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The Foreword

Pittsburgh Public Schools Staff Displacement: What it is and How it Works

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(Matt Freed/Post-Gazette)

The start of the 2023-2024 school year brought significant teacher staffing changes to Allderdice. Several teachers were displaced within the district, affecting homeroom assignment, available teachers, and class offerings. Even though this process has a large impact on the student experience in PPS, the way it works is often not comprehensively understood.

Although this process mainly occurs at the district level, it begins when the state is allocating money for schools in their annual budget. After this, school districts receive this money and divide it between their schools mainly based on enrollment: the district setting the amount of money per student and special education students. Dr. Mccoy, principal at Allderdice, said that after money is given to the schools, “we at the school have to look at what our budget is, and then how many teachers are we able to keep: and if we have to lose several teachers, where makes the most sense.” If the budget requires teachers to be cut, the decision is based on many factors, one of the largest being how the changes would affect course offerings. “That’s the biggest thing: what courses students are signing up for because we need teachers in those departments.” After the school makes decisions of what teachers they need to cut, the choices have “to be approved by central office”. 

Once the decision that a teacher is going to be displaced from a specific department is made, the choice of teacher is based on a system called building seniority. In this process, teachers build years of seniority by teaching at a specific school, and if a teacher in their department needs to be moved, the one with the lowest building seniority, often the newest, is displaced. Additionally, Ms. Mazzocco, an Allderdice English teacher and building representative for the teachers’ union, said displaced teachers take their seniority with them because they are being forced to move and do not have a choice. However, she added that if a teacher voluntarily moves they only keep half of their seniority, a system in place to provide stability and consistency within schools.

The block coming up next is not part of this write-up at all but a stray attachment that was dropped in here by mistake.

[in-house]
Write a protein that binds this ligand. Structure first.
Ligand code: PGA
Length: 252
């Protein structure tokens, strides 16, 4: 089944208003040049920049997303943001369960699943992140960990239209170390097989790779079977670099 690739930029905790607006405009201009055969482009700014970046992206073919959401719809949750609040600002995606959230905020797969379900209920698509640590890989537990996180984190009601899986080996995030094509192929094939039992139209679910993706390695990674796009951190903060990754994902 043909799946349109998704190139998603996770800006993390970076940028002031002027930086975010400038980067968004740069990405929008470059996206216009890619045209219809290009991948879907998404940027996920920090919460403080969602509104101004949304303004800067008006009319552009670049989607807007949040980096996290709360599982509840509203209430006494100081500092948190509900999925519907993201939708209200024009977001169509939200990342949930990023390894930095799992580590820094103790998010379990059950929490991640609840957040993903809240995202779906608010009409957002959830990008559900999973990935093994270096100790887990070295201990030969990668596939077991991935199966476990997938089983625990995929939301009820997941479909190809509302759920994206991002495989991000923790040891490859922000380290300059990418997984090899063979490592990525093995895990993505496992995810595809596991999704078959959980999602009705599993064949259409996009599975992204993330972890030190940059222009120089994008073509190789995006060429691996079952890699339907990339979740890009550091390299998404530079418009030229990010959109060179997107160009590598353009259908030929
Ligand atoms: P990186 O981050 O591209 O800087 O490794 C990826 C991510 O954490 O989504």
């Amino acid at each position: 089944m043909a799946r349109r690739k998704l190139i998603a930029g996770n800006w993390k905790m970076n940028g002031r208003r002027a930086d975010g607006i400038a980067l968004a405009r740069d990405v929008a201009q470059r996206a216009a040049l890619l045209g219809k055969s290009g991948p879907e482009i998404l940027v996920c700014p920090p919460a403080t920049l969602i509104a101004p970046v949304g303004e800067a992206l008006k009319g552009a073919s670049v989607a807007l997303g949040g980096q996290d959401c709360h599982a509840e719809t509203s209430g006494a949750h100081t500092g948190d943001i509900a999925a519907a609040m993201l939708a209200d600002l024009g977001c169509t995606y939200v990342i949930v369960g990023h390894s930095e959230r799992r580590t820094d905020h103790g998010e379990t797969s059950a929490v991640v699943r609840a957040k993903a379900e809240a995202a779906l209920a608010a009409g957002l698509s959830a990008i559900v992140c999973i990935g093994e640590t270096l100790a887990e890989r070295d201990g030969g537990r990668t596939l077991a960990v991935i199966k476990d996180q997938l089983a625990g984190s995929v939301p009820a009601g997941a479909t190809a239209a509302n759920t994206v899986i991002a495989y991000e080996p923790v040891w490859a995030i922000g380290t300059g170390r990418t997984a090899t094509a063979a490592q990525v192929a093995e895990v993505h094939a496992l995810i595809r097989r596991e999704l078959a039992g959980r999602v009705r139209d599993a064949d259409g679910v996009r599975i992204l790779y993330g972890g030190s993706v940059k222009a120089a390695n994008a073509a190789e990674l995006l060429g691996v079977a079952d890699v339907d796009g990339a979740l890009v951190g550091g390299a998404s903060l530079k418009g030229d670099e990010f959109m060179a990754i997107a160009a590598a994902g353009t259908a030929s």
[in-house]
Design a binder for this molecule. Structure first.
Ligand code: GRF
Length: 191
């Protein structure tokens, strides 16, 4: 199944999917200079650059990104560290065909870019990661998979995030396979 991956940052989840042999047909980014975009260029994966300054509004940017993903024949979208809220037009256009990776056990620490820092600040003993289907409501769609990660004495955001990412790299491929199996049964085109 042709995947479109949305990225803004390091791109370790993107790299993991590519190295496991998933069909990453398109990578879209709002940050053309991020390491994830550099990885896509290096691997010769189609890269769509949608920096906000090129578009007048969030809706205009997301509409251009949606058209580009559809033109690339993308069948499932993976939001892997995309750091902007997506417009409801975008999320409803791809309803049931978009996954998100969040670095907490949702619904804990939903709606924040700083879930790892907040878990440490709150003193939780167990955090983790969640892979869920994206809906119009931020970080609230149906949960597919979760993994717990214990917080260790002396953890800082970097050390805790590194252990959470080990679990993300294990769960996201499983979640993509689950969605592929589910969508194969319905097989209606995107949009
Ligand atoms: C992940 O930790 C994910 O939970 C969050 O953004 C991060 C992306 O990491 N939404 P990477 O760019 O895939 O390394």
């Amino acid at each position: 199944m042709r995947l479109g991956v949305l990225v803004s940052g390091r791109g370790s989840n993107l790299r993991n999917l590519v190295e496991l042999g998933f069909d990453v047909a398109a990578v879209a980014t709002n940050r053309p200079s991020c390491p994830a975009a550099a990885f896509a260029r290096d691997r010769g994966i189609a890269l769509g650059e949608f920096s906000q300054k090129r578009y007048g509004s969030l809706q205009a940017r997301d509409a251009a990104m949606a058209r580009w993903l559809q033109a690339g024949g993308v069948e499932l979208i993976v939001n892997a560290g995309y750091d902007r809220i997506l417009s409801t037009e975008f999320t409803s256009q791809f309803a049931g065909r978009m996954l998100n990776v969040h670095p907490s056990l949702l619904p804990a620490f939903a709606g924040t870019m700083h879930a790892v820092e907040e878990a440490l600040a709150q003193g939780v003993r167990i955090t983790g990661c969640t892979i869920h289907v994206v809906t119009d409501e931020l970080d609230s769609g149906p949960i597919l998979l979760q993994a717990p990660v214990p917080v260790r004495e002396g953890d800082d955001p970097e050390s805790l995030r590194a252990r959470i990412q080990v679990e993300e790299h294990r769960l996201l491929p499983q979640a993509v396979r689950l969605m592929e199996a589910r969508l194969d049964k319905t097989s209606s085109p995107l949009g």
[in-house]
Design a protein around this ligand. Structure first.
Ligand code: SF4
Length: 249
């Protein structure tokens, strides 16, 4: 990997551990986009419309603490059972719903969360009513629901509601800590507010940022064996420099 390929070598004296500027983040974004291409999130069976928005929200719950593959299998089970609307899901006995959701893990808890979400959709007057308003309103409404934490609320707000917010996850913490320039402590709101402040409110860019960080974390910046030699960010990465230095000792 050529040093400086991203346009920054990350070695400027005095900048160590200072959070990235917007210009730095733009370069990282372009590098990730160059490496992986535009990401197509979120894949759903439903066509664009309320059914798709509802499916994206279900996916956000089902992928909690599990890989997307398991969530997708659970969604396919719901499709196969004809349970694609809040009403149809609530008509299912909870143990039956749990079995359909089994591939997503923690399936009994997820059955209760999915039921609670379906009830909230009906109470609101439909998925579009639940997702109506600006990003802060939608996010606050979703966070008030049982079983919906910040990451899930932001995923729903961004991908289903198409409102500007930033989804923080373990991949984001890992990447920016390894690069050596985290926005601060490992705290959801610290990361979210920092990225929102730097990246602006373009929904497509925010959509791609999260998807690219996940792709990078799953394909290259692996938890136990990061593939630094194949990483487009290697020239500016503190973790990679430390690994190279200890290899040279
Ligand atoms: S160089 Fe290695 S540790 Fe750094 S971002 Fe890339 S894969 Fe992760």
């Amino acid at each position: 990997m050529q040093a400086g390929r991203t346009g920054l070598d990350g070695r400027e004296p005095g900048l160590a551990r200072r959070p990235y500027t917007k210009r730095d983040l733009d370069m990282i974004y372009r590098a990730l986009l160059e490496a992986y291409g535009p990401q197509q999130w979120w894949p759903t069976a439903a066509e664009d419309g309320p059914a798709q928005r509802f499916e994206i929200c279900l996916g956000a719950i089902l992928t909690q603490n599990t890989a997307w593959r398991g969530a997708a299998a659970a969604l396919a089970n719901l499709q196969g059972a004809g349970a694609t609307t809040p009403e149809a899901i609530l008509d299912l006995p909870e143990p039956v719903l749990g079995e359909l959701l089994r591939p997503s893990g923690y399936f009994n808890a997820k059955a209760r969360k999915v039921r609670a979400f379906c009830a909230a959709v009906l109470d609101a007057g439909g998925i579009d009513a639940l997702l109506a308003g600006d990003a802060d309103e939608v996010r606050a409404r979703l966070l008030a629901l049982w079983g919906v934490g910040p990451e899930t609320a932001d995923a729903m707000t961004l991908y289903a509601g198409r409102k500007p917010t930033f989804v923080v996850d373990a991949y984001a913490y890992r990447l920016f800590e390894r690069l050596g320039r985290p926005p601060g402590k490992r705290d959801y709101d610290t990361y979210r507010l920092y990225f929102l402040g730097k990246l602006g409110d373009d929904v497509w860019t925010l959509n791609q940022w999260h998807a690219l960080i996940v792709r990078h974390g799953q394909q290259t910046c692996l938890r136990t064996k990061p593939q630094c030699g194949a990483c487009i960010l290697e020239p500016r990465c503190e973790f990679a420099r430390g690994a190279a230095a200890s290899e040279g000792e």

The next stage of this process are appeals made by the school to change the district’s decisions. To do this, the school presents the data and information that they believe shows why the district should change their choices, and the district chooses whether or not they will accept the proposed alterations. Even though the appeals can be about specific teachers being displaced, they can also challenge the projected budget the school is set to receive. On this, Dr. Mccoy said that when the district “gives a projected enrollment for the following year, he’s able to appeal that process if he believes the projection is low.” This appeal, if upheld by the district, would increase the overall school budget and potentially give the school enough additional money to allow them to keep another teacher. 

After teachers are told they are going to be displaced, there is a time for them to move to new schools. According to Ms. Mazzocco “In the spring is when we have the transfer period” and teachers can apply to “all the open positions whether they’ve been displaced or just want to move voluntarily.” Once this process is over and all displaced teachers have been moved to new spots, the remaining open positions open up for new hires before the school year starts.

Although teacher displacement can be frustrating for both students and teachers, and may seem arbitrary for Pittsburgh Public School families, the system functions as a strictly delineated district-wide process occurring behind the scenes. And even though the process is not always ideal, when teachers need to be moved, according to Ms. Mazzocco, seniority based displacement “is the best way to do it.”

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About the Contributor
Nate Chinman, Editor
Nate Chinman is a senior at Pittsburgh Allderdice High School. He enjoys creative writing as well as writing and editing for the school newspaper. Outside of school, Nate can be found captaining the mock trial team, participating on the debate team, and running cross country. 

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